In addition to the infamous blackbuck poaching that took place during the filming of Hum Saath Saath Hai (1999) and Jodhpur, an India today article reported on how Salman had complained that the lavish hotel room at the Umaid Bhawan Palace Hotel Room was not to his liking. Co-stars Sonali Bendre, Tabu and Neelam were also set up in similar types of rooms. Of course, Salman Bhai ended up getting his own suite. The play also mentioned how, in the same shooting schedule, he lost his shirt, roamed around bare-chested in the hotel corridors and had also participated in target training by shooting lined up soda bottles with pistols.

But when shooting for No access (2005) another Salman appeared. Bamzai writes that he immediately downgraded his accommodation in a South African hotel from a suite to a room after finding out that the rest of the cast also stayed in normal rooms.

As for similar juicy details about SRK, there is a reference to an interview about Koffee with Karan where Gauri Khan basically described her husband as a possessive, controlling partner in their early courtship, and how he persecuted her when he came to Mumbai.

Three previously published biographies of Aamir Khan, Shah Rukh Khan, Salman Khan

The mix of such journalistic reportage, biographical and movie courses, and a certain amount of academic taste differs The three Khans from the individual biographies shown in the picture above.

The analyzes of various scholarly scholars give this book an authoritative but not pretentious brilliance. Bamzai, for example, quotes University College London sociologist Sanjay Srivastava about Salman Khan’s resonance with rural areas and the small-town male with characters like Chulbul Pandey, because migration from villages to cities has resulted in a certain romantic and nostalgic notion of rural areas. The author also incorporates insights from American Indian scholars who observed how Muslim characters began to appear as regressive, backward demons who did not want to experience the fruits of economic progress caused by liberalization in 1991. When Muslim film characters were not portrayed as outright disgusting in order to endanger national security, as well as law and order, they found themselves inside the exotic caricatures of qawwals or primordial poets.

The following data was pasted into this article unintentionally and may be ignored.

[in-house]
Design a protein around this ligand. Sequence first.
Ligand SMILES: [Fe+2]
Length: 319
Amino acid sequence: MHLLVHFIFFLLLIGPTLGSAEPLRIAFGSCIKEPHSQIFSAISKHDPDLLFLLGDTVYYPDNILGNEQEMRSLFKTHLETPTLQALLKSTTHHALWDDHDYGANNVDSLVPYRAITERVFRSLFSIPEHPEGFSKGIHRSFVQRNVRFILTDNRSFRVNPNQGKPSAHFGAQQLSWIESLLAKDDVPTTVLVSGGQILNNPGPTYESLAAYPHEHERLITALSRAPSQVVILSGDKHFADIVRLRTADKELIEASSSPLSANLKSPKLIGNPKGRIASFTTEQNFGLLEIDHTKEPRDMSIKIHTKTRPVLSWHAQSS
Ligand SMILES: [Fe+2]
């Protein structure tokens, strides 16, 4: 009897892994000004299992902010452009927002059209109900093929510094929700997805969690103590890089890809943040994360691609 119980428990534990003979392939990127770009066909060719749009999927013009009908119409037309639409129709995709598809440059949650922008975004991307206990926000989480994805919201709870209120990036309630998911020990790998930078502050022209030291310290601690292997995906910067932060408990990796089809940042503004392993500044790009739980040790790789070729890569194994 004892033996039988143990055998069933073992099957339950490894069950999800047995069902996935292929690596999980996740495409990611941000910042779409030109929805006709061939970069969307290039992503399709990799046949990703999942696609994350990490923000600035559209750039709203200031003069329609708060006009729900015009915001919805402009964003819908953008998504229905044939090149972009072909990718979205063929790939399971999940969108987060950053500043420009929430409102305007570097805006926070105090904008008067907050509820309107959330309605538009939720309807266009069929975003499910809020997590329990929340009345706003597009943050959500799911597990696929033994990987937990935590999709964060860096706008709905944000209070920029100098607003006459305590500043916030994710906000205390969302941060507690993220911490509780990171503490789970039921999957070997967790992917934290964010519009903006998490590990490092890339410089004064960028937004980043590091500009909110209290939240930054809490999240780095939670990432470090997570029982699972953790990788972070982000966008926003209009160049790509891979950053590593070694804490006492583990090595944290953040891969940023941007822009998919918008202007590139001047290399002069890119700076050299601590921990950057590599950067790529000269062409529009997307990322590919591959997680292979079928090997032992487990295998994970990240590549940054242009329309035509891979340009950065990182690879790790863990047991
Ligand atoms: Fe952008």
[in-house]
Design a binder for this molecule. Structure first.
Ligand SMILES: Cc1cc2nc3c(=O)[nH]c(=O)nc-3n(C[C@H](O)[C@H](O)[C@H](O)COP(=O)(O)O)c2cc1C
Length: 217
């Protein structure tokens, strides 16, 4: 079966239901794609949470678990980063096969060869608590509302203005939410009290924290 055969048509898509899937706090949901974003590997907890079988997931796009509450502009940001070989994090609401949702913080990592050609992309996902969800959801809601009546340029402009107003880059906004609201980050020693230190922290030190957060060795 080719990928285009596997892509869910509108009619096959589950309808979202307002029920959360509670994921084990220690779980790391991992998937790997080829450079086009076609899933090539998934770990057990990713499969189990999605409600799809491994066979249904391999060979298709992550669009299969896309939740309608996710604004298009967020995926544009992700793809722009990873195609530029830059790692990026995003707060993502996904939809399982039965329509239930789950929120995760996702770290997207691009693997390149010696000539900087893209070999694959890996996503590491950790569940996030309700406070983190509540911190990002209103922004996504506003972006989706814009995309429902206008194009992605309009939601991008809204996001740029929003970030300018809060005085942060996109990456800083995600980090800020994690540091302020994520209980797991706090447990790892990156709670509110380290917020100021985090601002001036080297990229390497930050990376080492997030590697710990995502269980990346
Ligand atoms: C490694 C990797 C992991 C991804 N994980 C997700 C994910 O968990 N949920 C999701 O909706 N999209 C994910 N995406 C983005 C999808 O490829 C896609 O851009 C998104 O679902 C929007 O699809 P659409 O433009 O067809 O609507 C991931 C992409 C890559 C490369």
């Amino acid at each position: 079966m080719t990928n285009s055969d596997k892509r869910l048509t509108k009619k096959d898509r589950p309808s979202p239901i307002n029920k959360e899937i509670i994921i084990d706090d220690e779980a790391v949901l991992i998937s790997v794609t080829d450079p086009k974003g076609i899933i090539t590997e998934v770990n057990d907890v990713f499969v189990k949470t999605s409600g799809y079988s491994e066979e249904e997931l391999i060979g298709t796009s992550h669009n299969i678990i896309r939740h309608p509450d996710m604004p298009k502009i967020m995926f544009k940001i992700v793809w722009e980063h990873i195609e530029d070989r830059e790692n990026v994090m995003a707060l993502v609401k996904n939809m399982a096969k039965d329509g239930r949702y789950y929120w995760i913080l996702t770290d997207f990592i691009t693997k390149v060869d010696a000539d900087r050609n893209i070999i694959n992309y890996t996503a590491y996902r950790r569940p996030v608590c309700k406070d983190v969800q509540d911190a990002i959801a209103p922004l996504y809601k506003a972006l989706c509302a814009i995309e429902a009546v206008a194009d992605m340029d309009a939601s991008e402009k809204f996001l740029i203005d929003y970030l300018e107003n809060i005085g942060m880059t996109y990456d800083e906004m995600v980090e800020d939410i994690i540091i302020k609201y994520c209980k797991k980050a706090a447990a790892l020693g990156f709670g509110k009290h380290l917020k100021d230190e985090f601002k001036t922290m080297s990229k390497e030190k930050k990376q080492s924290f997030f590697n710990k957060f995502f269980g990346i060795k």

To varying degrees, the triumvirate has not exactly steered around films with such depictions.

By rapidly switching between an academic and journalistic lens, the author never overwhelms the reader with scientific information. Although disappointment awaits those seeking extended celebrity bluffs or tabloid character assassinations on the three, which are stacked at about 200 pages.

Although Bamzai also plays the clairvoyant as more contemporary, trends contradict each other. When the ruling dispensation injected several doses of jingoism into the mainstream cinema ahead of the 2019 Lok Sabha election, about a year later, the coronavirus would somewhat level the playing field for overlooked talent. Overnight, the impenetrable fortresses of many industrial oligarchs, which are cinema halls, were transformed into abandoned structures. Whether it was Yash Raj Films’ possession of distributors or the Bachchan / Khan / Kapoor coterie member who had an easier path to stardom or the leeway to push a few more box offices than an “outsider” before being written off, the colorful garden of Bollywood always its dynastic caretakers.

But talent without genealogy really flourished in digital skies with shows like Mirzapur, Delhi crime, and Pataal Lok. These underdogs flourished further as Netflix, Amazon Prime, Disney Hotsar and etc. had the upper hand with theaters that became potential COVID-19 hotbeds. Jaideep Ahlawat and Pankaj Tripathi, whose skill was only first noticed in recent times, always flew under the radar. Both Tripathi and Ahlawat did not even play another fiddle for Shah Rukh Khan in Dilwale (2015) and Raees (2017) resp.